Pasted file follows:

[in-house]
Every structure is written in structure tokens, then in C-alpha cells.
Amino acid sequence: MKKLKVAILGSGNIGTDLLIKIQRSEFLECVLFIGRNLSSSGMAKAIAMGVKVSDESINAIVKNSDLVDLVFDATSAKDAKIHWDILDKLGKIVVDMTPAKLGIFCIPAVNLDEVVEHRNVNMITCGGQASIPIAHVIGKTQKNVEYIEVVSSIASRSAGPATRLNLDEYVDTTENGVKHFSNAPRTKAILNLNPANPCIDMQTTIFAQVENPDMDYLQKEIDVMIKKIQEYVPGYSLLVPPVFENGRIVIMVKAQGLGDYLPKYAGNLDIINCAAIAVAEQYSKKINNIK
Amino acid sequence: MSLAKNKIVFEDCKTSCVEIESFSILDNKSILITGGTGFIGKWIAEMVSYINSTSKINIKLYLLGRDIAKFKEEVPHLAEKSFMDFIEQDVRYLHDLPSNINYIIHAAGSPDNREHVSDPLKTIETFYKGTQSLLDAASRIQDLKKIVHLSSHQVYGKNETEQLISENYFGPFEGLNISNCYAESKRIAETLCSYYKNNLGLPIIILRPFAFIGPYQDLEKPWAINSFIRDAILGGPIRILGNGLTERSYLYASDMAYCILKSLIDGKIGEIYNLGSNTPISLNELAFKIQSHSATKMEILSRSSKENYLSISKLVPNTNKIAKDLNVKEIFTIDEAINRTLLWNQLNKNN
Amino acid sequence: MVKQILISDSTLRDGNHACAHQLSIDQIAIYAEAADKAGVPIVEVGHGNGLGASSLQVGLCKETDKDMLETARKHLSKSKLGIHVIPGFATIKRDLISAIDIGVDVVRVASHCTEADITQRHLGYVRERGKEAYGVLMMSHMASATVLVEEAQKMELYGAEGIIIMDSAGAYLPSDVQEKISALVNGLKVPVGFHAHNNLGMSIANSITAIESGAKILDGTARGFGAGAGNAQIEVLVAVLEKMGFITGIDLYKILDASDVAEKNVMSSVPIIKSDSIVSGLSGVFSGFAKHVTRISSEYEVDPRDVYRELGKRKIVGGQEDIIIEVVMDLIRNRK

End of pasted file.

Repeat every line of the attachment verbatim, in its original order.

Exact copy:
[in-house]
Every structure is written in structure tokens, then in C-alpha cells.
Amino acid sequence: MKKLKVAILGSGNIGTDLLIKIQRSEFLECVLFIGRNLSSSGMAKAIAMGVKVSDESINAIVKNSDLVDLVFDATSAKDAKIHWDILDKLGKIVVDMTPAKLGIFCIPAVNLDEVVEHRNVNMITCGGQASIPIAHVIGKTQKNVEYIEVVSSIASRSAGPATRLNLDEYVDTTENGVKHFSNAPRTKAILNLNPANPCIDMQTTIFAQVENPDMDYLQKEIDVMIKKIQEYVPGYSLLVPPVFENGRIVIMVKAQGLGDYLPKYAGNLDIINCAAIAVAEQYSKKINNIK
Amino acid sequence: MSLAKNKIVFEDCKTSCVEIESFSILDNKSILITGGTGFIGKWIAEMVSYINSTSKINIKLYLLGRDIAKFKEEVPHLAEKSFMDFIEQDVRYLHDLPSNINYIIHAAGSPDNREHVSDPLKTIETFYKGTQSLLDAASRIQDLKKIVHLSSHQVYGKNETEQLISENYFGPFEGLNISNCYAESKRIAETLCSYYKNNLGLPIIILRPFAFIGPYQDLEKPWAINSFIRDAILGGPIRILGNGLTERSYLYASDMAYCILKSLIDGKIGEIYNLGSNTPISLNELAFKIQSHSATKMEILSRSSKENYLSISKLVPNTNKIAKDLNVKEIFTIDEAINRTLLWNQLNKNN
Amino acid sequence: MVKQILISDSTLRDGNHACAHQLSIDQIAIYAEAADKAGVPIVEVGHGNGLGASSLQVGLCKETDKDMLETARKHLSKSKLGIHVIPGFATIKRDLISAIDIGVDVVRVASHCTEADITQRHLGYVRERGKEAYGVLMMSHMASATVLVEEAQKMELYGAEGIIIMDSAGAYLPSDVQEKISALVNGLKVPVGFHAHNNLGMSIANSITAIESGAKILDGTARGFGAGAGNAQIEVLVAVLEKMGFITGIDLYKILDASDVAEKNVMSSVPIIKSDSIVSGLSGVFSGFAKHVTRISSEYEVDPRDVYRELGKRKIVGGQEDIIIEVVMDLIRNRK